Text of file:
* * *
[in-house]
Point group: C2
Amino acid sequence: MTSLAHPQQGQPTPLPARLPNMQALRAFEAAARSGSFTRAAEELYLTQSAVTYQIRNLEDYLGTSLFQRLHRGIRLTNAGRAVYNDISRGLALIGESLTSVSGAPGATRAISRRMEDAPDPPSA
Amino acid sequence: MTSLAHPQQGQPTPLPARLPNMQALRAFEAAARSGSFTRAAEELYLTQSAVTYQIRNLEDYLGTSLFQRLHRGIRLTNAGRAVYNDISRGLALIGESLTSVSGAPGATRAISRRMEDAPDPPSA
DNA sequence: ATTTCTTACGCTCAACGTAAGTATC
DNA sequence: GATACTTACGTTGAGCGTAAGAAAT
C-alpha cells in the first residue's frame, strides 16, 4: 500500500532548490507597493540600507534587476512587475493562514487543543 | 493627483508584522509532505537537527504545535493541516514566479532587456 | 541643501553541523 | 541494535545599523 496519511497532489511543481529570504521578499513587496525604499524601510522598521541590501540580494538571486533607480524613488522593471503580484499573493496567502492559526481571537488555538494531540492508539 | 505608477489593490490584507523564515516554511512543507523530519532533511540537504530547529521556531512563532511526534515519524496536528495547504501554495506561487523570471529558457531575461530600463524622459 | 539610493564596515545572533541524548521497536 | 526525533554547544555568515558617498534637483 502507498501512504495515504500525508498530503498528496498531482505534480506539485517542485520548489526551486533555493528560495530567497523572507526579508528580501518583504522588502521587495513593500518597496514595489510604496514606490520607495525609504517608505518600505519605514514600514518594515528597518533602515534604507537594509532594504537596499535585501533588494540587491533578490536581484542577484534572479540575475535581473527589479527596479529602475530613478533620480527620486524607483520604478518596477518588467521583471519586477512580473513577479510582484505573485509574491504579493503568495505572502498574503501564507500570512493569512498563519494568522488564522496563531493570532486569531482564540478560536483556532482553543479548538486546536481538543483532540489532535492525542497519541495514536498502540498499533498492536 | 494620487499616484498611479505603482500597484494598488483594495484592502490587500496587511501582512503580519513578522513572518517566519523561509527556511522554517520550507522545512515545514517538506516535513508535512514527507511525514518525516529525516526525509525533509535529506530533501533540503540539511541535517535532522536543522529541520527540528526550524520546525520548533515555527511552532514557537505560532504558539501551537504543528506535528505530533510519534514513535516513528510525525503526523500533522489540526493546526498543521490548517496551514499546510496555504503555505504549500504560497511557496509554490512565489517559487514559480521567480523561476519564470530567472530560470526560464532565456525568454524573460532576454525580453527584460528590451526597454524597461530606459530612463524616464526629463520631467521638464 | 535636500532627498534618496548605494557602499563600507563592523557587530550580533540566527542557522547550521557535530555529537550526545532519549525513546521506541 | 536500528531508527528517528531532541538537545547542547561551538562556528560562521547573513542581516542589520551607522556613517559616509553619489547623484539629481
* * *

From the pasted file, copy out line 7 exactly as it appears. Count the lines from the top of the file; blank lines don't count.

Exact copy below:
C-alpha cells in the first residue's frame, strides 16, 4: 500500500532548490507597493540600507534587476512587475493562514487543543 | 493627483508584522509532505537537527504545535493541516514566479532587456 | 541643501553541523 | 541494535545599523 496519511497532489511543481529570504521578499513587496525604499524601510522598521541590501540580494538571486533607480524613488522593471503580484499573493496567502492559526481571537488555538494531540492508539 | 505608477489593490490584507523564515516554511512543507523530519532533511540537504530547529521556531512563532511526534515519524496536528495547504501554495506561487523570471529558457531575461530600463524622459 | 539610493564596515545572533541524548521497536 | 526525533554547544555568515558617498534637483 502507498501512504495515504500525508498530503498528496498531482505534480506539485517542485520548489526551486533555493528560495530567497523572507526579508528580501518583504522588502521587495513593500518597496514595489510604496514606490520607495525609504517608505518600505519605514514600514518594515528597518533602515534604507537594509532594504537596499535585501533588494540587491533578490536581484542577484534572479540575475535581473527589479527596479529602475530613478533620480527620486524607483520604478518596477518588467521583471519586477512580473513577479510582484505573485509574491504579493503568495505572502498574503501564507500570512493569512498563519494568522488564522496563531493570532486569531482564540478560536483556532482553543479548538486546536481538543483532540489532535492525542497519541495514536498502540498499533498492536 | 494620487499616484498611479505603482500597484494598488483594495484592502490587500496587511501582512503580519513578522513572518517566519523561509527556511522554517520550507522545512515545514517538506516535513508535512514527507511525514518525516529525516526525509525533509535529506530533501533540503540539511541535517535532522536543522529541520527540528526550524520546525520548533515555527511552532514557537505560532504558539501551537504543528506535528505530533510519534514513535516513528510525525503526523500533522489540526493546526498543521490548517496551514499546510496555504503555505504549500504560497511557496509554490512565489517559487514559480521567480523561476519564470530567472530560470526560464532565456525568454524573460532576454525580453527584460528590451526597454524597461530606459530612463524616464526629463520631467521638464 | 535636500532627498534618496548605494557602499563600507563592523557587530550580533540566527542557522547550521557535530555529537550526545532519549525513546521506541 | 536500528531508527528517528531532541538537545547542547561551538562556528560562521547573513542581516542589520551607522556613517559616509553619489547623484539629481